Effect of propeller size on thrust produced
Increasing the propeller size will produce a larger amount of thrust.
Propeller and thrust
Propellers are devices with blades that spin around like a fan. They are used to produce propulsion on boats and planes. The force produced by propellers can be explained by Bernoulli’s Principle and Newton’s 3rd Law of Motion. The rotational movement of the blades causes a displacement of air molecules that produces a forward motion called thrust.
A propeller is built with 2 or more blades that are attached to a central hub. The blades and the hub are connected to a shaft that extend from the engines. When an engine is started, the shaft turns, causing the blades and the hub to rotate. Blades have an aerofoil shape and when they turn, a difference in air or water pressure is created between the area in front and at the rear of the blades. This causes air or water to rush forward and thrust is produced.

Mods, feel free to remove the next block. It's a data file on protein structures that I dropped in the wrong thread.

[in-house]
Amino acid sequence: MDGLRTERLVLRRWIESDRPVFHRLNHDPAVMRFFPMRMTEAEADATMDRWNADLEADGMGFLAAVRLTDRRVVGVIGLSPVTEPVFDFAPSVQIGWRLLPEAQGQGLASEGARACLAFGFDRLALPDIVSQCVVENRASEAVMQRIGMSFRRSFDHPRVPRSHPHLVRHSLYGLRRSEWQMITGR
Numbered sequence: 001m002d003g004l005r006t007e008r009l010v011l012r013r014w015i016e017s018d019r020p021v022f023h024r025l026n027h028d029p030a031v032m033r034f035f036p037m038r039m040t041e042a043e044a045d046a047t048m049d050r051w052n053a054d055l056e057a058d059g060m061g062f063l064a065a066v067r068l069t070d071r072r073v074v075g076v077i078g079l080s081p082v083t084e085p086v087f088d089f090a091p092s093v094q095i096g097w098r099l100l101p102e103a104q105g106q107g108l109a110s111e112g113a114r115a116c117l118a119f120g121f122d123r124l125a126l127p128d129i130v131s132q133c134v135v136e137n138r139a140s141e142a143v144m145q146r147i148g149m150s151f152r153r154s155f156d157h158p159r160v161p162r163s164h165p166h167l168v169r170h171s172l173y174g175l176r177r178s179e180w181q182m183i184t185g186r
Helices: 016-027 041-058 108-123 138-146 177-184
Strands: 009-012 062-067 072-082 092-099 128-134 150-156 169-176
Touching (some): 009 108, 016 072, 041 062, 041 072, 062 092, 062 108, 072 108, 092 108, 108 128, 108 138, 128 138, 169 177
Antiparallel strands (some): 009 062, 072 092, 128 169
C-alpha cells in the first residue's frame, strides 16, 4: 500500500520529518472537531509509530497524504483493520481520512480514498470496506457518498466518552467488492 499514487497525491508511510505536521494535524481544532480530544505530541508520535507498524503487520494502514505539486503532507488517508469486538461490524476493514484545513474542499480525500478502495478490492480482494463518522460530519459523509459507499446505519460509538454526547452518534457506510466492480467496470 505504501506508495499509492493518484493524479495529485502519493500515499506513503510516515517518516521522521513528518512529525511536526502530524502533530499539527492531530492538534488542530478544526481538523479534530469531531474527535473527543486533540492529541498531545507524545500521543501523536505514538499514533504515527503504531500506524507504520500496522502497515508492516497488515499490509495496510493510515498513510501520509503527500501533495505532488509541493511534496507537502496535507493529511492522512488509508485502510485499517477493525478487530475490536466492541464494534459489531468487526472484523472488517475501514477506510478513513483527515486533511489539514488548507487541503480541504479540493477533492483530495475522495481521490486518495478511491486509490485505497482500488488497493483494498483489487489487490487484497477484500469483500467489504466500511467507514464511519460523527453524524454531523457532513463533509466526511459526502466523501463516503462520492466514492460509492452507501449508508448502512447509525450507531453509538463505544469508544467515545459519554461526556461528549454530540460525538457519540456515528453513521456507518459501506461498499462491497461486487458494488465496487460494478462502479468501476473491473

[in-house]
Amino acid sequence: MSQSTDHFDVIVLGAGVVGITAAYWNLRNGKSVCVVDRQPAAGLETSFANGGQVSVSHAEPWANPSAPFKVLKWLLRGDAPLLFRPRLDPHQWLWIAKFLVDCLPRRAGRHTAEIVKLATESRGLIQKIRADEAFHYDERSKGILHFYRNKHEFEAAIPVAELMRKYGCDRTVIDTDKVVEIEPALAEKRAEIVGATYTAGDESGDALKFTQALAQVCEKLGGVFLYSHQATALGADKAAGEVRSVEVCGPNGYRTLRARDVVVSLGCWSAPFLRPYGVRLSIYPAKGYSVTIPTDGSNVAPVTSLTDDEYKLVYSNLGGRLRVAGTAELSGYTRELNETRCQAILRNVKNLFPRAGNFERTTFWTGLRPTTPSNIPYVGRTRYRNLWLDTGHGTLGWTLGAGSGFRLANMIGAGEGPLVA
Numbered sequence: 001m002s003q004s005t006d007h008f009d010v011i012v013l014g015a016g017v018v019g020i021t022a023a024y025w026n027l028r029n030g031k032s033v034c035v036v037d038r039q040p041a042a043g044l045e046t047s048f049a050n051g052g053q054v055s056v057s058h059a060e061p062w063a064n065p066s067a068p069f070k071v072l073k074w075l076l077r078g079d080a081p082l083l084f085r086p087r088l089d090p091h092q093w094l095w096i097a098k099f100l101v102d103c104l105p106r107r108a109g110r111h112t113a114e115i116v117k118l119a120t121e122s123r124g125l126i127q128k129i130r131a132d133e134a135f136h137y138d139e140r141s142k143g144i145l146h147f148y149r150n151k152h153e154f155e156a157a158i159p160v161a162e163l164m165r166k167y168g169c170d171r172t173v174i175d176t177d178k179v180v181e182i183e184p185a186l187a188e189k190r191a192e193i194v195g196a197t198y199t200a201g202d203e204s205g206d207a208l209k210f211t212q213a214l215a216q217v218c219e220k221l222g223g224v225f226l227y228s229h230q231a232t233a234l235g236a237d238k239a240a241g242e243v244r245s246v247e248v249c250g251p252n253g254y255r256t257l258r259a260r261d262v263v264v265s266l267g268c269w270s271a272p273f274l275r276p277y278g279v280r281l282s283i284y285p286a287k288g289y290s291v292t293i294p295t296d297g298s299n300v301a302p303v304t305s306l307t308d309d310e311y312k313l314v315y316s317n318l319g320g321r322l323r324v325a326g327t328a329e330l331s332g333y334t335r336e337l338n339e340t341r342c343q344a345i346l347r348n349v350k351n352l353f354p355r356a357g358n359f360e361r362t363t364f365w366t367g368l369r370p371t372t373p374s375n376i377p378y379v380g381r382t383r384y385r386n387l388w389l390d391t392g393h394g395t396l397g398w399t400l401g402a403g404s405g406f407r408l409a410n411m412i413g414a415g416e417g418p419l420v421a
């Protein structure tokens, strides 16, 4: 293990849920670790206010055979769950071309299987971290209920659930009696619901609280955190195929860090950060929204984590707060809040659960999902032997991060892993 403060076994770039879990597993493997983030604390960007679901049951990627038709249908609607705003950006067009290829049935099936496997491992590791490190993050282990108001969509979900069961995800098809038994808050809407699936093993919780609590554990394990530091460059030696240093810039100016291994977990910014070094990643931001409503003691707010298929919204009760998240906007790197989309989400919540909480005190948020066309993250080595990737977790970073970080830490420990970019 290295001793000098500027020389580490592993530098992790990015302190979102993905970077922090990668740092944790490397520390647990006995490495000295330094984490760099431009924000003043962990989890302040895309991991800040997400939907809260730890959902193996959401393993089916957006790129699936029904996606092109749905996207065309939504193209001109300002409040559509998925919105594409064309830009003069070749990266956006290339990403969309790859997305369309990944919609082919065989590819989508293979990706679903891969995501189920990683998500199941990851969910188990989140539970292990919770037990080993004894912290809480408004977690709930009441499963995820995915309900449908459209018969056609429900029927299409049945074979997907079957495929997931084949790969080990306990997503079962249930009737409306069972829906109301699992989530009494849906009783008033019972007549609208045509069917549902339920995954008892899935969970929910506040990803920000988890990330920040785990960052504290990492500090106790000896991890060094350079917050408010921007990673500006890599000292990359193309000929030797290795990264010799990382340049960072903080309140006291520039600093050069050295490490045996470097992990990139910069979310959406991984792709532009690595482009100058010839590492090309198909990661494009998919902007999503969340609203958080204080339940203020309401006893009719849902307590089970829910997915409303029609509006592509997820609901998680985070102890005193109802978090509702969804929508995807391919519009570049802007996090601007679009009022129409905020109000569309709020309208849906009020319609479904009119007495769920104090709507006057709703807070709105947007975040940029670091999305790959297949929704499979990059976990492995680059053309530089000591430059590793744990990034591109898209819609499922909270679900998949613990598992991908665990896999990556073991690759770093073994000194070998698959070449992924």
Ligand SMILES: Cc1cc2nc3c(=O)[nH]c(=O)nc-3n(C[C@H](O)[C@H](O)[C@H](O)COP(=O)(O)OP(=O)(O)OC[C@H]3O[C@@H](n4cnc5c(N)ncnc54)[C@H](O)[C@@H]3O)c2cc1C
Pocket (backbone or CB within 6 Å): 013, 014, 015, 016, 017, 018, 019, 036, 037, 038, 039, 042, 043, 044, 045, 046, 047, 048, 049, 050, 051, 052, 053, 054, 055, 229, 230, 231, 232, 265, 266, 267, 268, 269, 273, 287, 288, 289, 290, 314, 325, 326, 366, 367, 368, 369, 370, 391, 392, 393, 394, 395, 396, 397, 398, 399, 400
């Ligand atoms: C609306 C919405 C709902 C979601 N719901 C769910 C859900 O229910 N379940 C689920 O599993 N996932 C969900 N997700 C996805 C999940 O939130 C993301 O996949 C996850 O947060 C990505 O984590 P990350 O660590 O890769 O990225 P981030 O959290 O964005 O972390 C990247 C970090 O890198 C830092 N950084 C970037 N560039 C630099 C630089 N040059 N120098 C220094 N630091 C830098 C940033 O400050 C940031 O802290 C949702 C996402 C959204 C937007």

A propeller’s forward thrust and speed can be improved by increasing the size of the blades, the rotational speed or blade angles. Increasing blade size and rotational speeds may not be possible due to mechanical constraints (eg. the blades hitting the hull or the onset of mechanical fatigue). The angle of the blade is normally varied along the blade’s length because each part of the blade travels at different speeds.
Ensure the blades are properly fixed to the wooden block so that they do not come loose when they rotate.